This is the second to last step in the divorce process. If you and the other party cannot reach an agreement regarding some or all of the issues at hand, your decisions will be made at trial. This will cost more money and use up more of your time. It is also less predictable, so do use caution if choosing the trial route.
The Order of Dissolution is the document that formally ends the marriage and tells how property, debts, custody, and support will be handled. By negotiating all issues yourselves, you will draft your own Order of Dissolution and then submit it to the court. The judge will then approve it if it is determined that both parties entered the agreement knowing what they were getting into and willing to do so.
Children During Divorce
It is important you and your spouse understand the different types of custody that are available when divorcing. You and your spouse, as well as your lawyers, can decide which is best for your family’s situation. The following are brief descriptions of types of custody you will encounter when negotiating child custody and visitation.
Sole Physical Custody – This means the child will reside with, and be supervised by, one parent. The court must approve the plan created by the parents for the other parent’s visitation rights.
Sole Legal Custody – This means that one parent shall have the responsibility and the right to make all health, welfare, and education decisions about their children. The other parent will retain visitation rights. Many courts favor joint legal custody, but sole legal custody is the most commonly-used custody arrangement.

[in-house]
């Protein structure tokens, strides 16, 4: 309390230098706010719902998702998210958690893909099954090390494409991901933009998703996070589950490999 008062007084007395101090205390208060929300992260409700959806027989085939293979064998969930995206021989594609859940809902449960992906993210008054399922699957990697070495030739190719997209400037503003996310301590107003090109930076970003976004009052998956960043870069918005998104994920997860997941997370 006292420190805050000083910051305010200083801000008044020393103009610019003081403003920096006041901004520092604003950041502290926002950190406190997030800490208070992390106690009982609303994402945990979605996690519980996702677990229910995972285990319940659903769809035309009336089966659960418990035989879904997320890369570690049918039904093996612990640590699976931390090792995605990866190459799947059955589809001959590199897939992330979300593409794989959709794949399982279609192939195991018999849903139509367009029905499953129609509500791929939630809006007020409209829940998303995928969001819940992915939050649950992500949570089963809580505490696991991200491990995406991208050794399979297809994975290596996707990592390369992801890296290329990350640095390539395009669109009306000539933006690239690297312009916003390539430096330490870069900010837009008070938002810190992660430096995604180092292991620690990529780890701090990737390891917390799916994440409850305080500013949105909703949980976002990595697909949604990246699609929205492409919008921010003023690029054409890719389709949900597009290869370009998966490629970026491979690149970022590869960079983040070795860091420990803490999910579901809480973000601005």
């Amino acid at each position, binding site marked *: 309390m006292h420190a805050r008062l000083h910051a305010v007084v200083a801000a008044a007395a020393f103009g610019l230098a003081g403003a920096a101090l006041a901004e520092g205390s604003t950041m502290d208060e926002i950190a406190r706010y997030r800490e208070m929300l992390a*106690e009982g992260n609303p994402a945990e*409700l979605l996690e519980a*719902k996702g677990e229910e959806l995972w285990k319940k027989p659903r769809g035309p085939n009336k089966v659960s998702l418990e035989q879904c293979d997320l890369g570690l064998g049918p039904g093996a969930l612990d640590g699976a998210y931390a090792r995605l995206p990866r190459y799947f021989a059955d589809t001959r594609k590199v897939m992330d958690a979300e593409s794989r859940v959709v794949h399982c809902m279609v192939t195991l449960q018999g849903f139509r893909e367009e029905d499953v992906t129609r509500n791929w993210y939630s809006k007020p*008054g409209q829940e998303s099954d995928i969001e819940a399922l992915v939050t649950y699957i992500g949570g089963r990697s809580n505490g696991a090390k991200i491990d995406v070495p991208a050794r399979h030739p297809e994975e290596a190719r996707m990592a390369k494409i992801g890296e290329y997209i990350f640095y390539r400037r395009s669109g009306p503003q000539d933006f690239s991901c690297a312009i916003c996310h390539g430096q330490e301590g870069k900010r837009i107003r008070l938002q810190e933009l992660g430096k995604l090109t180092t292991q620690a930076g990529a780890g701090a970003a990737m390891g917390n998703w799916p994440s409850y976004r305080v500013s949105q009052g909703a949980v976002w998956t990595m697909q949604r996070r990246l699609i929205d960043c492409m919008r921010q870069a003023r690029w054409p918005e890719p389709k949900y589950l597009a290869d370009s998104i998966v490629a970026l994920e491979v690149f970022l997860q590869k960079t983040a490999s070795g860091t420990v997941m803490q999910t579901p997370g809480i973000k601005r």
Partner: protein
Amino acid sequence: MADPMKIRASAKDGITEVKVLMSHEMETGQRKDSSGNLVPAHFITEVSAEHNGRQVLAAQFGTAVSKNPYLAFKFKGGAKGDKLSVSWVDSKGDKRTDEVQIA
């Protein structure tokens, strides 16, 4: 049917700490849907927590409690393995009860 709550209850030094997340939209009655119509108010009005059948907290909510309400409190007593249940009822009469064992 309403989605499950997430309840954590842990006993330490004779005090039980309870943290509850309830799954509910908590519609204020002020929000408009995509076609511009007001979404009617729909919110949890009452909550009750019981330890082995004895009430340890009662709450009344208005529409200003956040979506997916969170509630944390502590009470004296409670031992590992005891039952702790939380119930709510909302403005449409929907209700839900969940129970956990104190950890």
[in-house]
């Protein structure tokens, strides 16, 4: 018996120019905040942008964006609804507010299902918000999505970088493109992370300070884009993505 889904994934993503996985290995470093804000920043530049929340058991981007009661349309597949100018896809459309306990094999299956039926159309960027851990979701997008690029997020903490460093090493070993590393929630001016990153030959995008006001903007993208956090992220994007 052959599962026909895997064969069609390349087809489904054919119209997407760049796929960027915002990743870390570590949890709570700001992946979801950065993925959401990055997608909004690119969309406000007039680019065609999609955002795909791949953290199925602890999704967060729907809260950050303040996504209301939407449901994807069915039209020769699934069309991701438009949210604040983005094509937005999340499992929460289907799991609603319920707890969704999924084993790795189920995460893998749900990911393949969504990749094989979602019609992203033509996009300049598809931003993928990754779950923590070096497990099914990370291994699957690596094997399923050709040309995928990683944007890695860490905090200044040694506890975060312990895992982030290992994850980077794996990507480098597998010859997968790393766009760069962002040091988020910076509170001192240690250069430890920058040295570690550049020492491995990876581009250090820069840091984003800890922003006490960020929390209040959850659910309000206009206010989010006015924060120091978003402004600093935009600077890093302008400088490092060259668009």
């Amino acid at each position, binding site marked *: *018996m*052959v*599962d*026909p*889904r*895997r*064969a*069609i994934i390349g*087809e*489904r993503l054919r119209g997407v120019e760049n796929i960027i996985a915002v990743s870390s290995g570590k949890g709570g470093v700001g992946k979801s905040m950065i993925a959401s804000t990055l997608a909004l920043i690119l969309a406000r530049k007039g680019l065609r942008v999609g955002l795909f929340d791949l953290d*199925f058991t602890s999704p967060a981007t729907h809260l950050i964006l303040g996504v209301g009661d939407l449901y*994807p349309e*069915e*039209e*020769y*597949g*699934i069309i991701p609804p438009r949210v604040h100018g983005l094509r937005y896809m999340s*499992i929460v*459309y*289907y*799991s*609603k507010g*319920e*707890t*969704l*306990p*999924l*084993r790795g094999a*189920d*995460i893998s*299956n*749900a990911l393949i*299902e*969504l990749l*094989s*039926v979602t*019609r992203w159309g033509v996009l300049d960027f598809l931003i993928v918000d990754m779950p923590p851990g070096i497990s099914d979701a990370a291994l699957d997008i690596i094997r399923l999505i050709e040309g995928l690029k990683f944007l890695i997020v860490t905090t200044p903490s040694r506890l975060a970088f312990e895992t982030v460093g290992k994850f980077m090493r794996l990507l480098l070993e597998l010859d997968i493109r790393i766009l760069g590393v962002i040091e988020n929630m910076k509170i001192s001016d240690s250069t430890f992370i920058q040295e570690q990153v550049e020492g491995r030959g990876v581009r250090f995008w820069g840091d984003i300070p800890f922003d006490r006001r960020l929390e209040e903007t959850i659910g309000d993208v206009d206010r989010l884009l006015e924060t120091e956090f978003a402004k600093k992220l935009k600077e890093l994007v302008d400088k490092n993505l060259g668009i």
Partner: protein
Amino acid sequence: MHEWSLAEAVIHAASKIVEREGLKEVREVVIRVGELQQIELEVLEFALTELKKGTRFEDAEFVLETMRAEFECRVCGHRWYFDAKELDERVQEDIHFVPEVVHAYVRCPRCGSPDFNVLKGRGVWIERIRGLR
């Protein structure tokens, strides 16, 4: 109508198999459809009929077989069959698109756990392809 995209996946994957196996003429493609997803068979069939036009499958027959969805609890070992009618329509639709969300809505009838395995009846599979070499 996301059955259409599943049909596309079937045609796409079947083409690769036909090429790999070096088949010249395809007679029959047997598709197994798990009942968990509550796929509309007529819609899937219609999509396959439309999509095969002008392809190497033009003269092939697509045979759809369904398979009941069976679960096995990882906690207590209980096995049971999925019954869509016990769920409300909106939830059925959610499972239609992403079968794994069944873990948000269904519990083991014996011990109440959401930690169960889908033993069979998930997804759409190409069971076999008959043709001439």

Joint Physical Custody – Both parents will have significant time periods of physical custody. In a few words, both parents will more or less have continuing contact with their children.
Joint Legal Custody – Both parents will share the right and responsibility to make decisions regarding their child’s welfare, education, and health. The law is under the presumption that this arrangement is best for minor children, so long as parents can work together as a team.
Couples must submit a “parenting plan” and ensure it is workable. However, this is not the easiest arrangement, as both parents must put aside all differences for it to work.
Divorce is not an easy time for anybody, and all of us wish it could simply be avoided. However, it is important to take the time you need and speak with your lawyers to make sure you fully understand the process of the divorce. Your lawyer is working hard for you – ask him or her all the questions you need to understand.
Remember that professionalism is key in a swift process. It is okay to be emotional, but do not let emotions deter you from filing papers on time or continuing the process until the end. Remain strong during this time, and rely on your network of friends, family, and legal counsel. Remember that this time, while very difficult, will pass.